Myself or Menelaus?
  • Diomedes. Both alike:
    He merits well to have her, that doth seek her,
    Not making any scruple of her soilure, 2260
    With such a hell of pain and world of charge,
    And you as well to keep her, that defend her,
    Not palating the taste of her dishonour,
    With such a costly loss of wealth and friends:
    He, like a puling cuckold, would drink up 2265
    The lees and dregs of a flat tamed piece;
    You, like a lecher, out of whorish loins
    Are pleased to breed out your inheritors:
    Both merits poised, each weighs nor less nor more;
    But he as he, the heavier for a whore. 2270
  • Paris. You are too bitter to your countrywoman.
  • Diomedes. She's bitter to her country: hear me, Paris:
    For every false drop in her bawdy veins
    A Grecian's life hath sunk; for every scruple
    Of her contaminated carrion weight, 2275
    A Trojan hath been slain: since she could speak,
    She hath not given so many good words breath
    As for her Greeks and Trojans suffer'd death.
  • Paris. Fair Diomed, you do as chapmen do,
    Dispraise the thing that you desire to buy: 2280
    But we in silence hold this virtue well,
    We'll but commend what we intend to sell.
    Here lies our way.



Act IV, Scene 2

The same. Court of Pandarus’ house.



  • Troilus. Dear, trouble not yourself: the morn is cold.
  • Cressida. Then, sweet my lord, I'll call mine uncle down;
    He shall unbolt the gates.
  • Troilus. Trouble him not;
    To bed, to bed: sleep kill those pretty eyes, 2290
    And give as soft attachment to thy senses
    As infants' empty of all thought!
  • Cressida. Good morrow, then.
  • Troilus. I prithee now, to bed.
  • Cressida. Are you a-weary of me? 2295
  • Troilus. O Cressida! but that the busy day,
    Waked by the lark, hath roused the ribald crows,
    And dreaming night will hide our joys no longer,
    I would not from thee.
  • Cressida. Night hath been too brief. 2300
  • Troilus. Beshrew the witch! with venomous wights she stays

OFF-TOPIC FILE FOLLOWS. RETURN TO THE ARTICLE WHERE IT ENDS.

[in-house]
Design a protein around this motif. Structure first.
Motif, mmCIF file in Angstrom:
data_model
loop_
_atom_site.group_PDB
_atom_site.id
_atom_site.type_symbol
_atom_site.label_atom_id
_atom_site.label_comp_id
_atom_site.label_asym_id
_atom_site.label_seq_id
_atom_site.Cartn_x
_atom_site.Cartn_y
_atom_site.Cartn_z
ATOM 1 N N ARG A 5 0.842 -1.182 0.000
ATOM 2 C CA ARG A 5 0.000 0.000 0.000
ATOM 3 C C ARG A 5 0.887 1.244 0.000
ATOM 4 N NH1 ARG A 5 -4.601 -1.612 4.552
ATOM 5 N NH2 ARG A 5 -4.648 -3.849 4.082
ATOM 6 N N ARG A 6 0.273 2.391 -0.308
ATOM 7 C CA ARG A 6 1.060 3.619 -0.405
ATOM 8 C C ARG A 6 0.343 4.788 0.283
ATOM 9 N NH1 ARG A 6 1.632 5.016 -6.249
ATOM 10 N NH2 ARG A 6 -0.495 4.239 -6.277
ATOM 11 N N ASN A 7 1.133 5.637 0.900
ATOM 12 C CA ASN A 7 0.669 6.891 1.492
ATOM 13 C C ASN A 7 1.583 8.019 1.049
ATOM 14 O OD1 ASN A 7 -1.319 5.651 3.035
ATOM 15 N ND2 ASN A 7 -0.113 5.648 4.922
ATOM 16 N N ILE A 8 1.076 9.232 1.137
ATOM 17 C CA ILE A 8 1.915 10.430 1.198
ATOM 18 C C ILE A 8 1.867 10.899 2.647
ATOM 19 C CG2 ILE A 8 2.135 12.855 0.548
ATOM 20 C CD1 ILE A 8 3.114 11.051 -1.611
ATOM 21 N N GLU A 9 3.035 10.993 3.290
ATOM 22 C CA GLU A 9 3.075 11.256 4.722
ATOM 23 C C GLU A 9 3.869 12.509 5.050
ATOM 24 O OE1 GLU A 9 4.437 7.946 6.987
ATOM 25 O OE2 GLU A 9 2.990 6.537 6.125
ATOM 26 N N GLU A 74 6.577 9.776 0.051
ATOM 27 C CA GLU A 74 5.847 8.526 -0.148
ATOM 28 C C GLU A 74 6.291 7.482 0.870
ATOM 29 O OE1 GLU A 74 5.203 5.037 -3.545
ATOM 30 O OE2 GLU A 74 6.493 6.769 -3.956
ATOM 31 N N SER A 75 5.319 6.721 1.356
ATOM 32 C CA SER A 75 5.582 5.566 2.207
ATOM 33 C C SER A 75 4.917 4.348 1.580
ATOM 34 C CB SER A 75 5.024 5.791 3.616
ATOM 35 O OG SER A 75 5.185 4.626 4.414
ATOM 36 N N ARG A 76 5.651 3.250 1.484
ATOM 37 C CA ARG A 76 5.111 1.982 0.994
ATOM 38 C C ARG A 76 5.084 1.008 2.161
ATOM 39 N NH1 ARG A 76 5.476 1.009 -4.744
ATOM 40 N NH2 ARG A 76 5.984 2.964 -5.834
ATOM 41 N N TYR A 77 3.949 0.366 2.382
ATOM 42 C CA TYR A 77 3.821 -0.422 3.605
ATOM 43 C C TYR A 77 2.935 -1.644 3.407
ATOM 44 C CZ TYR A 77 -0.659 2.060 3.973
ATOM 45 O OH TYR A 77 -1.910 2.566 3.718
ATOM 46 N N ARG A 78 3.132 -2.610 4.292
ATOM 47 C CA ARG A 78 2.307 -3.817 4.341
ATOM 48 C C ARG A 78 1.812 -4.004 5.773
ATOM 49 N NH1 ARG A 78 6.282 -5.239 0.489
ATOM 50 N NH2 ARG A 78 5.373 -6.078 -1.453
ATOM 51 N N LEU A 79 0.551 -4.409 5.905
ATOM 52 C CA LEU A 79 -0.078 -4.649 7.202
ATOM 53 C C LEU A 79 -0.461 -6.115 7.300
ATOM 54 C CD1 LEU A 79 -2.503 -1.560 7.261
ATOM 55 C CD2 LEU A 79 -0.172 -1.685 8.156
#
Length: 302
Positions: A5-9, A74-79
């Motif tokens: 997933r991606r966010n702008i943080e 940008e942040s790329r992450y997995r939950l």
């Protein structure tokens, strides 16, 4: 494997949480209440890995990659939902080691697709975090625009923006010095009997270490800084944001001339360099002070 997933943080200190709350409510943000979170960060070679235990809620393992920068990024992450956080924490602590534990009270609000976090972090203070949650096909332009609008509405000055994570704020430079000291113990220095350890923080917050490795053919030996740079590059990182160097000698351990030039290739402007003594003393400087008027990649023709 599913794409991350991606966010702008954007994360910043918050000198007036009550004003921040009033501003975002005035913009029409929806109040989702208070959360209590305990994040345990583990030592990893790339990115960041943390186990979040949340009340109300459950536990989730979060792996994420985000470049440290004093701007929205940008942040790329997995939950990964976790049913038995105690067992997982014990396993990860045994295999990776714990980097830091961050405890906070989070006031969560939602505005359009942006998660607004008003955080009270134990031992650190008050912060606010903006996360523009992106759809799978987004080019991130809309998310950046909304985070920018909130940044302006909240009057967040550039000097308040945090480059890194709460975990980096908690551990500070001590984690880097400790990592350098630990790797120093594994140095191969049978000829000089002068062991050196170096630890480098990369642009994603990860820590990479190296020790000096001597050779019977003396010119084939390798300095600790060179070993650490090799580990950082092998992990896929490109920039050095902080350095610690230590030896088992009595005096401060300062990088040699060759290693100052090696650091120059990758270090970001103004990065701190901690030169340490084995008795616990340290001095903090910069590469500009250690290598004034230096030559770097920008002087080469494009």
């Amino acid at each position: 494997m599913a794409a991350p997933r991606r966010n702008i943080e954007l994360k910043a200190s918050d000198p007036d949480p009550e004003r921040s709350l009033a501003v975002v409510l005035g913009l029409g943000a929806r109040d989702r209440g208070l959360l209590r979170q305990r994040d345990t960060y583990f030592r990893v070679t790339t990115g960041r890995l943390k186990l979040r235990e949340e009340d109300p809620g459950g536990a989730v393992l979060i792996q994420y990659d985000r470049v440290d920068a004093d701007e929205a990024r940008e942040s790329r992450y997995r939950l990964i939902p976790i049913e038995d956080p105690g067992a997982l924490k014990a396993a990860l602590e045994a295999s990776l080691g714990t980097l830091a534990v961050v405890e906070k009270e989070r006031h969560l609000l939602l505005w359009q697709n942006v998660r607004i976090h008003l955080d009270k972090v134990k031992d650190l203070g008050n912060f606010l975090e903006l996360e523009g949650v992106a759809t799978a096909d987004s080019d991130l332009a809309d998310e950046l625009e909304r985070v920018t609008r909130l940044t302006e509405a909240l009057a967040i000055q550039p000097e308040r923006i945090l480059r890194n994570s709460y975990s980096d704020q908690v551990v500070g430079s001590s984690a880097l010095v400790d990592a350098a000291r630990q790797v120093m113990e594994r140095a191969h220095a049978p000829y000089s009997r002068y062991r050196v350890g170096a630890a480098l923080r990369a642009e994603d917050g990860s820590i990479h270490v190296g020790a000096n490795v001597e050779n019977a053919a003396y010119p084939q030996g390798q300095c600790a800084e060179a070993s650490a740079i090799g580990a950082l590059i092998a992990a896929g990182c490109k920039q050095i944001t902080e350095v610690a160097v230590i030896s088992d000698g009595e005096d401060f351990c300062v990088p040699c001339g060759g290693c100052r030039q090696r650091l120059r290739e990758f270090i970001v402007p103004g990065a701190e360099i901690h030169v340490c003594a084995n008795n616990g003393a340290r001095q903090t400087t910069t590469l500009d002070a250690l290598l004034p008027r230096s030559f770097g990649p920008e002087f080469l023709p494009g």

As tediously as hell, but flies the grasps of love
    With wings more momentary-swift than thought.
    You will catch cold, and curse me.
  • Cressida. Prithee, tarry: 2305
    You men will never tarry.
    O foolish Cressid! I might have still held off,
    And then you would have tarried. Hark!
    there's one up.
  • Pandarus. [Within] What, 's all the doors open here? 2310
  • Troilus. It is your uncle.
  • Cressida. A pestilence on him! now will he be mocking:
    I shall have such a life!


  • Pandarus. How now, how now! how go maidenheads? Here, you 2315
    maid! where's my cousin Cressid?
  • Cressida. Go hang yourself, you naughty mocking uncle!
    You bring me to do, and then you flout me too.
  • Pandarus. To do what? to do what? let her say
    what: what have I brought you to do? 2320
  • Cressida. Come, come, beshrew your heart! you'll ne'er be good,
    Nor suffer others.
  • Pandarus. Ha! ha! Alas, poor wretch! ah, poor capocchia!
    hast not slept to-night? would he not, a naughty
    man, let it sleep? a bugbear take him! 2325
  • Cressida. Did not I tell you? Would he were knock'd i' the head!
    [Knocking within]
    Who's that at door? good uncle, go and see.
    My lord, come you again into my chamber:
    You smile and mock me, as if I meant naughtily. 2330
  • Troilus. Ha, ha!
  • Cressida. Come, you are deceived, I think of no such thing.
    [Knocking within]
    How earnestly they knock! Pray you, come in:
    I would not for half Troy have you seen here. 2335


  • Pandarus. Who's there? what's the matter? will you beat
    down the door? How now! what's the matter?

[Enter AENEAS]

  • Aeneas. Good morrow, lord, good morrow. 2340
  • Pandarus. Who's there? my Lord AEneas! By my troth,
    I knew you not: what news with you so early?
  • Aeneas. Is not Prince Troilus here?
  • Pandarus. Here! what should he do here?
  • Aeneas. Come, he is here, my lord; do not deny him: 2345
    It doth import him much to speak with me.
  • Pandarus. Is he here, say you? 'tis more than I know, I'll
    be sworn: for my own part, I came in late. What
    should he do here?
  • Aeneas. Who!—nay, then: come, come, you'll do him wrong 2350
    ere you're ware: you'll be so true to him, to be
    false to him: do not you know of him, but yet go
    fetch him hither; go.

[Re-enter TROILUS]

  • Troilus. How now! what's the matter? 2355
  • Aeneas. My lord, I scarce have leisure to salute you,
    My matter is so rash: there is at hand
    Paris your brother, and Deiphobus,
    The Grecian Diomed, and our Antenor